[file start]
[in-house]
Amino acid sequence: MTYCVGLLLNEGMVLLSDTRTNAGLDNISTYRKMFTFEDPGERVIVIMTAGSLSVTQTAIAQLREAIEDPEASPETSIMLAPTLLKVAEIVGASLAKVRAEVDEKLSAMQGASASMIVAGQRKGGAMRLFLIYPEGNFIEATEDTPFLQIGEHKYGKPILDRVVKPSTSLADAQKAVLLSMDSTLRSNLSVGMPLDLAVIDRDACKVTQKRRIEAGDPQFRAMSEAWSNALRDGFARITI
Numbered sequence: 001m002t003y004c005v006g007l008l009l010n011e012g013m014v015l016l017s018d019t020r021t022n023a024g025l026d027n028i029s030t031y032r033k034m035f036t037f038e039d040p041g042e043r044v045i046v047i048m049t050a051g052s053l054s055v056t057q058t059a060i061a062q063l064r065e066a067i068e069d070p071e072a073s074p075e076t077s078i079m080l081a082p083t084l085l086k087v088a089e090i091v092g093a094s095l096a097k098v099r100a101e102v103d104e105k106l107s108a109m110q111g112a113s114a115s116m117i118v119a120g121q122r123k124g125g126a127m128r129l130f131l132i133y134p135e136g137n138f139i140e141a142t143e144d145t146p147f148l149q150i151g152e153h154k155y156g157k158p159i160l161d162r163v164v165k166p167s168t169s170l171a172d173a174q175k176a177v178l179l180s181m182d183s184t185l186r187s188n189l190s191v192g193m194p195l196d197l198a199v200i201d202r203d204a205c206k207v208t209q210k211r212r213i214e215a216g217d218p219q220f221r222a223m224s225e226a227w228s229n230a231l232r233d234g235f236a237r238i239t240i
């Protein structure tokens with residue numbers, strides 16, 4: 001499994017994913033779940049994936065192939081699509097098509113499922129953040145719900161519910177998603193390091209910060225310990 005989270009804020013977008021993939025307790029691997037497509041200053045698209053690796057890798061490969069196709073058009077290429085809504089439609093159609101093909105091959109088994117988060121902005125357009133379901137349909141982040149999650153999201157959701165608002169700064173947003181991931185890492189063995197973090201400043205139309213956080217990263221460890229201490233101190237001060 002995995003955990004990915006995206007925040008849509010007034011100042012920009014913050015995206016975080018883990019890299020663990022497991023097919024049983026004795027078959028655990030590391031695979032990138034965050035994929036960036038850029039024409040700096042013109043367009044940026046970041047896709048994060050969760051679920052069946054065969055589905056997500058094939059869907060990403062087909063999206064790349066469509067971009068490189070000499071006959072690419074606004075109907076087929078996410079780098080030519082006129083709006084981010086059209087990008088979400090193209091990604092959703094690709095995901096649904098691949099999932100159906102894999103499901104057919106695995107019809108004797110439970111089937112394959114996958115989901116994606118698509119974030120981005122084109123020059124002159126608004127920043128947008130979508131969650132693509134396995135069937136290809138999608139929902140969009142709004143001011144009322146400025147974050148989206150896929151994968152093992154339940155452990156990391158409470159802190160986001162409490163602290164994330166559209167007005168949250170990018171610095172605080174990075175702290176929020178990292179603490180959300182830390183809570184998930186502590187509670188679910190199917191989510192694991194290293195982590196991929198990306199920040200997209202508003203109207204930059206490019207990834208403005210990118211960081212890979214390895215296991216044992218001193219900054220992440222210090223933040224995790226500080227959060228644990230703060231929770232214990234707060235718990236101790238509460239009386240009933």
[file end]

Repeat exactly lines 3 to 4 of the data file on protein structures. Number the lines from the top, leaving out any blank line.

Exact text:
Numbered sequence: 001m002t003y004c005v006g007l008l009l010n011e012g013m014v015l016l017s018d019t020r021t022n023a024g025l026d027n028i029s030t031y032r033k034m035f036t037f038e039d040p041g042e043r044v045i046v047i048m049t050a051g052s053l054s055v056t057q058t059a060i061a062q063l064r065e066a067i068e069d070p071e072a073s074p075e076t077s078i079m080l081a082p083t084l085l086k087v088a089e090i091v092g093a094s095l096a097k098v099r100a101e102v103d104e105k106l107s108a109m110q111g112a113s114a115s116m117i118v119a120g121q122r123k124g125g126a127m128r129l130f131l132i133y134p135e136g137n138f139i140e141a142t143e144d145t146p147f148l149q150i151g152e153h154k155y156g157k158p159i160l161d162r163v164v165k166p167s168t169s170l171a172d173a174q175k176a177v178l179l180s181m182d183s184t185l186r187s188n189l190s191v192g193m194p195l196d197l198a199v200i201d202r203d204a205c206k207v208t209q210k211r212r213i214e215a216g217d218p219q220f221r222a223m224s225e226a227w228s229n230a231l232r233d234g235f236a237r238i239t240i
């Protein structure tokens with residue numbers, strides 16, 4: 001499994017994913033779940049994936065192939081699509097098509113499922129953040145719900161519910177998603193390091209910060225310990 005989270009804020013977008021993939025307790029691997037497509041200053045698209053690796057890798061490969069196709073058009077290429085809504089439609093159609101093909105091959109088994117988060121902005125357009133379901137349909141982040149999650153999201157959701165608002169700064173947003181991931185890492189063995197973090201400043205139309213956080217990263221460890229201490233101190237001060 002995995003955990004990915006995206007925040008849509010007034011100042012920009014913050015995206016975080018883990019890299020663990022497991023097919024049983026004795027078959028655990030590391031695979032990138034965050035994929036960036038850029039024409040700096042013109043367009044940026046970041047896709048994060050969760051679920052069946054065969055589905056997500058094939059869907060990403062087909063999206064790349066469509067971009068490189070000499071006959072690419074606004075109907076087929078996410079780098080030519082006129083709006084981010086059209087990008088979400090193209091990604092959703094690709095995901096649904098691949099999932100159906102894999103499901104057919106695995107019809108004797110439970111089937112394959114996958115989901116994606118698509119974030120981005122084109123020059124002159126608004127920043128947008130979508131969650132693509134396995135069937136290809138999608139929902140969009142709004143001011144009322146400025147974050148989206150896929151994968152093992154339940155452990156990391158409470159802190160986001162409490163602290164994330166559209167007005168949250170990018171610095172605080174990075175702290176929020178990292179603490180959300182830390183809570184998930186502590187509670188679910190199917191989510192694991194290293195982590196991929198990306199920040200997209202508003203109207204930059206490019207990834208403005210990118211960081212890979214390895215296991216044992218001193219900054220992440222210090223933040224995790226500080227959060228644990230703060231929770232214990234707060235718990236101790238509460239009386240009933």